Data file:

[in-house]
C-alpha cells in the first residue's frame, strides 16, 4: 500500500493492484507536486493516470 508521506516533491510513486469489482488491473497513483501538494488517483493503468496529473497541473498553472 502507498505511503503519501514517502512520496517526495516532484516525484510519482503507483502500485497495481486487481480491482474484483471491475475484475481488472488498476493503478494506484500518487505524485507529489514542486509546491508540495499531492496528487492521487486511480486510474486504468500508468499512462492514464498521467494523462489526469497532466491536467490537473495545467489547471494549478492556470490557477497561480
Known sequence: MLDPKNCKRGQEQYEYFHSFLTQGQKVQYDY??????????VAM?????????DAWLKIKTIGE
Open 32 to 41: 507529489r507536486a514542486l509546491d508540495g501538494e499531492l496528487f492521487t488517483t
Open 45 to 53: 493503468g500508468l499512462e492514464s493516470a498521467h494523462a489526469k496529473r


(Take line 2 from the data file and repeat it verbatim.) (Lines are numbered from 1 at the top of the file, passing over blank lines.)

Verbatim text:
C-alpha cells in the first residue's frame, strides 16, 4: 500500500493492484507536486493516470 508521506516533491510513486469489482488491473497513483501538494488517483493503468496529473497541473498553472 502507498505511503503519501514517502512520496517526495516532484516525484510519482503507483502500485497495481486487481480491482474484483471491475475484475481488472488498476493503478494506484500518487505524485507529489514542486509546491508540495499531492496528487492521487486511480486510474486504468500508468499512462492514464498521467494523462489526469497532466491536467490537473495545467489547471494549478492556470490557477497561480